Spanish Interior Minister Alfredo Perez Rubalcaba said Monday that he considered the announcement of a truce by Basque separatist movement ETA to be “insufficient.”
Speaking on the Spanish state television station RTVE, Rubalcaba questioned the motives behind the declaration that ETA made on Sunday and added that merely declaring a truce without saying whether it was temporary of permanent was virtually meaningless.
This is the fourth truce that ETA has announced in its 50-year history and the second it has called since 1998. All previous truces have ended with a return to violence and the last truce, which lasted for nine months in 2006 finished with a car bomb that killed two people at Madrid’s Barajas airport.
“If they were able to break one truce, they will be capable of reversing this technical halt,” commented Rubalcaba.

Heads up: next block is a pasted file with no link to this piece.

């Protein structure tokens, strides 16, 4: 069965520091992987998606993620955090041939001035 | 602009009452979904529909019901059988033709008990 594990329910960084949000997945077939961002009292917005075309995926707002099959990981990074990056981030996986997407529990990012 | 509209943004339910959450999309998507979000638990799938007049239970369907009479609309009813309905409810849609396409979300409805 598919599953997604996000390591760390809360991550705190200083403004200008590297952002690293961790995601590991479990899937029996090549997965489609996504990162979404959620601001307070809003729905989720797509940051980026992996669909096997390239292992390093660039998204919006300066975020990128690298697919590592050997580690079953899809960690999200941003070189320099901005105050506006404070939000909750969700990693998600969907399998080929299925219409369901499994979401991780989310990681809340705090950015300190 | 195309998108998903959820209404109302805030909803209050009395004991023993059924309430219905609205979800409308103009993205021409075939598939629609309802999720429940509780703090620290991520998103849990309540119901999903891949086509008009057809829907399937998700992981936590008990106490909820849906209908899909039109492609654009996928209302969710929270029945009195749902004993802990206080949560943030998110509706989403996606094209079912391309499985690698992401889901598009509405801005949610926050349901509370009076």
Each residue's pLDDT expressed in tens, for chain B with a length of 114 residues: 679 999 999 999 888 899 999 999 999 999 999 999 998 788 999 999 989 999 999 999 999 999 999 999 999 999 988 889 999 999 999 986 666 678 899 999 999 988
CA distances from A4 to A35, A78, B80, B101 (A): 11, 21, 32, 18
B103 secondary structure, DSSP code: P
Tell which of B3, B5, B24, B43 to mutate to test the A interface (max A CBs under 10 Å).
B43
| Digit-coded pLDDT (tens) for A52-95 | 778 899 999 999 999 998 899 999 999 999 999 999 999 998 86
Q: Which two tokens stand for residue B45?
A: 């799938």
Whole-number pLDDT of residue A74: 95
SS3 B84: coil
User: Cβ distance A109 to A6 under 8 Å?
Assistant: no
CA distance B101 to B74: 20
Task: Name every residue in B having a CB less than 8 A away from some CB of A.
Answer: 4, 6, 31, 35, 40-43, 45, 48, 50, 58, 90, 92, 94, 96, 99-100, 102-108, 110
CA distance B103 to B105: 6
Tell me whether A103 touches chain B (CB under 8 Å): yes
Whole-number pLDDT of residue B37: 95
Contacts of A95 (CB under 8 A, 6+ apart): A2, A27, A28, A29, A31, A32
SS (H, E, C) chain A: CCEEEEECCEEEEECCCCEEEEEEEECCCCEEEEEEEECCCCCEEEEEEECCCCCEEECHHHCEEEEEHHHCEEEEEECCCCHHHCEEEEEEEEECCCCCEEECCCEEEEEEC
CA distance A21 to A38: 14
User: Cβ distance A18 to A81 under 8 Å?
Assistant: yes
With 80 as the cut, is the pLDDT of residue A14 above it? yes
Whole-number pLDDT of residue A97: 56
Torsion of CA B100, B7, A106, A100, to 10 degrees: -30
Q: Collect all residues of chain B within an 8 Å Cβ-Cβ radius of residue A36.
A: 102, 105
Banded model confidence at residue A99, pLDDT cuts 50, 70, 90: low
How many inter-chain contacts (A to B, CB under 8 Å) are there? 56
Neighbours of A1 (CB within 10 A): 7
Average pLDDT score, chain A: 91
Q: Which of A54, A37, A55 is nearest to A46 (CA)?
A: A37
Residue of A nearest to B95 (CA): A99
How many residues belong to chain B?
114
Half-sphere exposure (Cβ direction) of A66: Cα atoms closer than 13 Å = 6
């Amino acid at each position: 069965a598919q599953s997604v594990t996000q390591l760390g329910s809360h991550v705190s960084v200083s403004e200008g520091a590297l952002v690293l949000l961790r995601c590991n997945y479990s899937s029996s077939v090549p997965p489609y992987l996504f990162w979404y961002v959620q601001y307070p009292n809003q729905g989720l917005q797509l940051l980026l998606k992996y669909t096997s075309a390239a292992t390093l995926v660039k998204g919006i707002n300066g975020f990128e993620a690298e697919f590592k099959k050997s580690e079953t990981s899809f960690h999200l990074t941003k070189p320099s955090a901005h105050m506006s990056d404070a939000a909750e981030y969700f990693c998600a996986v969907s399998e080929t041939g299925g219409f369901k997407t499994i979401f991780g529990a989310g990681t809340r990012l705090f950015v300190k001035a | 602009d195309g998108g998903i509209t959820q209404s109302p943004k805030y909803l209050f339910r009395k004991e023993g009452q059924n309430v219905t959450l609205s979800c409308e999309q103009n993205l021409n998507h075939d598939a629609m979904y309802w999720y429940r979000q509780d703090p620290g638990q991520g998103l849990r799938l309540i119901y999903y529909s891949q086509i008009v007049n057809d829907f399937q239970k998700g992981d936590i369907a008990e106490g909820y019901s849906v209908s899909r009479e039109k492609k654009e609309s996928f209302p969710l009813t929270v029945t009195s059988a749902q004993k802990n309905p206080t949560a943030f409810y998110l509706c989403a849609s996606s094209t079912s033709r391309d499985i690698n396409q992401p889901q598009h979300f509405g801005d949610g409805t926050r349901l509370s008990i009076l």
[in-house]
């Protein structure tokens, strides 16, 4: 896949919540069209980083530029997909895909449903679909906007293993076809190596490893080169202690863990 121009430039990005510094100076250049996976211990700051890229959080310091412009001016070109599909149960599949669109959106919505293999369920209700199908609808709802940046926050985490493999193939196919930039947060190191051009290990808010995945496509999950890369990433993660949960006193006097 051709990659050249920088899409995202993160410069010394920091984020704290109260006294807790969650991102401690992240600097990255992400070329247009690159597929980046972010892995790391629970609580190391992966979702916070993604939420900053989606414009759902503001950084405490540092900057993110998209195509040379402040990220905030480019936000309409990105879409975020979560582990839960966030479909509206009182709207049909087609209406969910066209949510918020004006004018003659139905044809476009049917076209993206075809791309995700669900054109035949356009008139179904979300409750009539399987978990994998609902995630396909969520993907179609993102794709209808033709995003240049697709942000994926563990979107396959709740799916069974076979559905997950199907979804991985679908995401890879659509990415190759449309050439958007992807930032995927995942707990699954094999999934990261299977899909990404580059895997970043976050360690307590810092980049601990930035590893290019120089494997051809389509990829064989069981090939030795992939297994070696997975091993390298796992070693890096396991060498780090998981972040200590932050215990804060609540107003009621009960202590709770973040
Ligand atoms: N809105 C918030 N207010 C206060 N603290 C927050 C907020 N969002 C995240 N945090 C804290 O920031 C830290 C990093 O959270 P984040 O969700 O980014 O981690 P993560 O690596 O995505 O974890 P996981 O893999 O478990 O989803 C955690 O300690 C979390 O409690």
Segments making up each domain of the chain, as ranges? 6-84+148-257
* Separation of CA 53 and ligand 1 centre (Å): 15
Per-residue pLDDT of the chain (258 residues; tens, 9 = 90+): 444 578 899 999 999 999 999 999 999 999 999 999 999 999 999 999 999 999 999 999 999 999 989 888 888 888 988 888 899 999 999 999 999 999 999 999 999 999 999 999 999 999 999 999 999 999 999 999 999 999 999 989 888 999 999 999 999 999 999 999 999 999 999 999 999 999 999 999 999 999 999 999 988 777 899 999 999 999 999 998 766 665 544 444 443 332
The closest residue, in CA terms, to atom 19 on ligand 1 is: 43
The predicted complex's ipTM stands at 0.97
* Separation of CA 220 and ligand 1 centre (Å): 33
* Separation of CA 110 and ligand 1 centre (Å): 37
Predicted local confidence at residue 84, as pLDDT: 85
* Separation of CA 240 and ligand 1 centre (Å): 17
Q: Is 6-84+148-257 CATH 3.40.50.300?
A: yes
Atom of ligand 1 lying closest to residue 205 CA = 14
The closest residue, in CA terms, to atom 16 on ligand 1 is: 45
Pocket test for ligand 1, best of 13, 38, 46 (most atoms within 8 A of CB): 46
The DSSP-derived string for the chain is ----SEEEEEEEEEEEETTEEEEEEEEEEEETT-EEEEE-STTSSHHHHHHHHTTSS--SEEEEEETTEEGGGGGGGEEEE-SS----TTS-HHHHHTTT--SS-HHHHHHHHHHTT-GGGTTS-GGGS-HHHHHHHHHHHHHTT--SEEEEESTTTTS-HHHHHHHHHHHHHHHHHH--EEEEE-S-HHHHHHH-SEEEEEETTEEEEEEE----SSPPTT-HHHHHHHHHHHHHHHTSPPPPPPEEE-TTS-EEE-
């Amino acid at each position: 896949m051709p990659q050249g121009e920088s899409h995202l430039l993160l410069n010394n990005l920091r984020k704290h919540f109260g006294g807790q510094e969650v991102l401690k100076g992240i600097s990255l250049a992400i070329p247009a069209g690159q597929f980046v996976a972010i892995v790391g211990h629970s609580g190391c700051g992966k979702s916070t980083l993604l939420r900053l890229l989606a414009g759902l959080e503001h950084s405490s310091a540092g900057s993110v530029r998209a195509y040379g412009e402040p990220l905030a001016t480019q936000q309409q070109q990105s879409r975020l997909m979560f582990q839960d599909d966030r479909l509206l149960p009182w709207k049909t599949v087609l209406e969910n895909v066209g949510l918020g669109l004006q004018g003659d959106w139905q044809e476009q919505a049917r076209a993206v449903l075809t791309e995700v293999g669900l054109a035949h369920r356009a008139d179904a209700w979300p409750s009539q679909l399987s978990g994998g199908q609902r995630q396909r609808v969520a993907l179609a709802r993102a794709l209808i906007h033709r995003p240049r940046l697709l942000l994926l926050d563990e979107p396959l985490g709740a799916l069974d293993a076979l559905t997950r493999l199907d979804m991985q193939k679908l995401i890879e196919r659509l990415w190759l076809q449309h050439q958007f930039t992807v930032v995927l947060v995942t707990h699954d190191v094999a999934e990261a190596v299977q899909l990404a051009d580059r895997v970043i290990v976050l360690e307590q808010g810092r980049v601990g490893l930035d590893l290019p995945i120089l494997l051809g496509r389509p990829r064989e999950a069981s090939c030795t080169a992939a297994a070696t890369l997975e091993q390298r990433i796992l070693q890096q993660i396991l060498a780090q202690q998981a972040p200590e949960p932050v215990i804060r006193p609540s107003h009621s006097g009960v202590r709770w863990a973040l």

Rubalcaba believes that the recent setbacks suffered by the terrorist band, which has had 58 members arrested in Spain, France and Portugal this year, are the main reasons for the truce.
“ETA has stopped because it can’t carry on. It has done this after the dismantling of a new logistic base in Portugal and the attempt to do something in Gerona (Catalonia). It has also stopped to rebuild,” said the Minister.
“We have heard the word ‘insufficient’ from all of the political parties and that refers to two points,” he added.
Rubalcaba pointed out the political needs of the “izquierda abertzale,” which is the sector of Basque society that broadly supports ETA and which includes ETA’s political wing – Batasuna.
Batasuna is currently illegal and thus unable to stand at regional, local or national elections until it rejects ETA and terrorist violence.
“It is insufficient because the izquierda abertzale were already saying it (the truce) was going to happen,” he said.
The minister said that the truce could be a political strategy, which he rejected.
“ETA has to leave violence now and forever, that is why the declaration is insufficient,” concluded Rubalcaba after saying that the government had no intention of changing its policy towards terrorism.